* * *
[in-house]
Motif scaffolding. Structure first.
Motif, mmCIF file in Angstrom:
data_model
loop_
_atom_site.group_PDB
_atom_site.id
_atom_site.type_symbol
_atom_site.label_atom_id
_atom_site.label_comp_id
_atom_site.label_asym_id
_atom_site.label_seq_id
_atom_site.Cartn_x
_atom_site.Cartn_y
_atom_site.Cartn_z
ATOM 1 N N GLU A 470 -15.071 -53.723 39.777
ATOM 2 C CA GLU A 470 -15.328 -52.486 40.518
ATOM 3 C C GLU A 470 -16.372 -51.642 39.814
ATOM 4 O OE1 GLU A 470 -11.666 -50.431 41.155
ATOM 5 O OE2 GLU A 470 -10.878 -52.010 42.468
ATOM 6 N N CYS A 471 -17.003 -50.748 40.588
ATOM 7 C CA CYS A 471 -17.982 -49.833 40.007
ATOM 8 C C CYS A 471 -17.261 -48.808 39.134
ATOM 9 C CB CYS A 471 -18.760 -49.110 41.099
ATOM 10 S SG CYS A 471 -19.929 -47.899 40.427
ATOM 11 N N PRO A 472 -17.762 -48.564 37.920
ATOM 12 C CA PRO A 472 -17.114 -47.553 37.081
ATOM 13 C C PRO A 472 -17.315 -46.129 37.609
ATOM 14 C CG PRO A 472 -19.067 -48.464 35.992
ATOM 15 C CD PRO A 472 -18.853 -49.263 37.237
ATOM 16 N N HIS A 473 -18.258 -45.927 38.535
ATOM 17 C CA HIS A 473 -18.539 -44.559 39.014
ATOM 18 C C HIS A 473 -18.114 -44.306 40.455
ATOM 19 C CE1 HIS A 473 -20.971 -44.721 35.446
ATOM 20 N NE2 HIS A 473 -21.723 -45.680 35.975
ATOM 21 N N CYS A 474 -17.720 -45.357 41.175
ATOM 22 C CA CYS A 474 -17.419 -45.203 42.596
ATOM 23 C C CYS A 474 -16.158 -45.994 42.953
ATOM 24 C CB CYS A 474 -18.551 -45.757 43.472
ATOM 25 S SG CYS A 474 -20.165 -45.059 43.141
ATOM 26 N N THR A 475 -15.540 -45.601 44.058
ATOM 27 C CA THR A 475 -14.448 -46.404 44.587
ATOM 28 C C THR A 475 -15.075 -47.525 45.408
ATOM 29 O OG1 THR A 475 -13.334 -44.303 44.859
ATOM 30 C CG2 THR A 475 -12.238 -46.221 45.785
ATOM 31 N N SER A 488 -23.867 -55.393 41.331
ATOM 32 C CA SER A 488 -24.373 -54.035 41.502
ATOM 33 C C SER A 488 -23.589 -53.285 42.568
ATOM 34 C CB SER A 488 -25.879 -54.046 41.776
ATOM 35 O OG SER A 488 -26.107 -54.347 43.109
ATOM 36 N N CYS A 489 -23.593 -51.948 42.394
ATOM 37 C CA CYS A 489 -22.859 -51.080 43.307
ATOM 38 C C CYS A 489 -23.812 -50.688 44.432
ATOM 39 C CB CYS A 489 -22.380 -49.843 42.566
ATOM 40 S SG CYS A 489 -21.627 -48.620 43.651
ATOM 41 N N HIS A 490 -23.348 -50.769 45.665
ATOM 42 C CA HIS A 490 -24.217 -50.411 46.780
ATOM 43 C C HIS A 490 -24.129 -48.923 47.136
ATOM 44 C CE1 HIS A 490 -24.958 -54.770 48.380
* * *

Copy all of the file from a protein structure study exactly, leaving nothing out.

[in-house]
Motif scaffolding. Structure first.
Motif, mmCIF file in Angstrom:
data_model
loop_
_atom_site.group_PDB
_atom_site.id
_atom_site.type_symbol
_atom_site.label_atom_id
_atom_site.label_comp_id
_atom_site.label_asym_id
_atom_site.label_seq_id
_atom_site.Cartn_x
_atom_site.Cartn_y
_atom_site.Cartn_z
ATOM 1 N N GLU A 470 -15.071 -53.723 39.777
ATOM 2 C CA GLU A 470 -15.328 -52.486 40.518
ATOM 3 C C GLU A 470 -16.372 -51.642 39.814
ATOM 4 O OE1 GLU A 470 -11.666 -50.431 41.155
ATOM 5 O OE2 GLU A 470 -10.878 -52.010 42.468
ATOM 6 N N CYS A 471 -17.003 -50.748 40.588
ATOM 7 C CA CYS A 471 -17.982 -49.833 40.007
ATOM 8 C C CYS A 471 -17.261 -48.808 39.134
ATOM 9 C CB CYS A 471 -18.760 -49.110 41.099
ATOM 10 S SG CYS A 471 -19.929 -47.899 40.427
ATOM 11 N N PRO A 472 -17.762 -48.564 37.920
ATOM 12 C CA PRO A 472 -17.114 -47.553 37.081
ATOM 13 C C PRO A 472 -17.315 -46.129 37.609
ATOM 14 C CG PRO A 472 -19.067 -48.464 35.992
ATOM 15 C CD PRO A 472 -18.853 -49.263 37.237
ATOM 16 N N HIS A 473 -18.258 -45.927 38.535
ATOM 17 C CA HIS A 473 -18.539 -44.559 39.014
ATOM 18 C C HIS A 473 -18.114 -44.306 40.455
ATOM 19 C CE1 HIS A 473 -20.971 -44.721 35.446
ATOM 20 N NE2 HIS A 473 -21.723 -45.680 35.975
ATOM 21 N N CYS A 474 -17.720 -45.357 41.175
ATOM 22 C CA CYS A 474 -17.419 -45.203 42.596
ATOM 23 C C CYS A 474 -16.158 -45.994 42.953
ATOM 24 C CB CYS A 474 -18.551 -45.757 43.472
ATOM 25 S SG CYS A 474 -20.165 -45.059 43.141
ATOM 26 N N THR A 475 -15.540 -45.601 44.058
ATOM 27 C CA THR A 475 -14.448 -46.404 44.587
ATOM 28 C C THR A 475 -15.075 -47.525 45.408
ATOM 29 O OG1 THR A 475 -13.334 -44.303 44.859
ATOM 30 C CG2 THR A 475 -12.238 -46.221 45.785
ATOM 31 N N SER A 488 -23.867 -55.393 41.331
ATOM 32 C CA SER A 488 -24.373 -54.035 41.502
ATOM 33 C C SER A 488 -23.589 -53.285 42.568
ATOM 34 C CB SER A 488 -25.879 -54.046 41.776
ATOM 35 O OG SER A 488 -26.107 -54.347 43.109
ATOM 36 N N CYS A 489 -23.593 -51.948 42.394
ATOM 37 C CA CYS A 489 -22.859 -51.080 43.307
ATOM 38 C C CYS A 489 -23.812 -50.688 44.432
ATOM 39 C CB CYS A 489 -22.380 -49.843 42.566
ATOM 40 S SG CYS A 489 -21.627 -48.620 43.651
ATOM 41 N N HIS A 490 -23.348 -50.769 45.665
ATOM 42 C CA HIS A 490 -24.217 -50.411 46.780
ATOM 43 C C HIS A 490 -24.129 -48.923 47.136
ATOM 44 C CE1 HIS A 490 -24.958 -54.770 48.380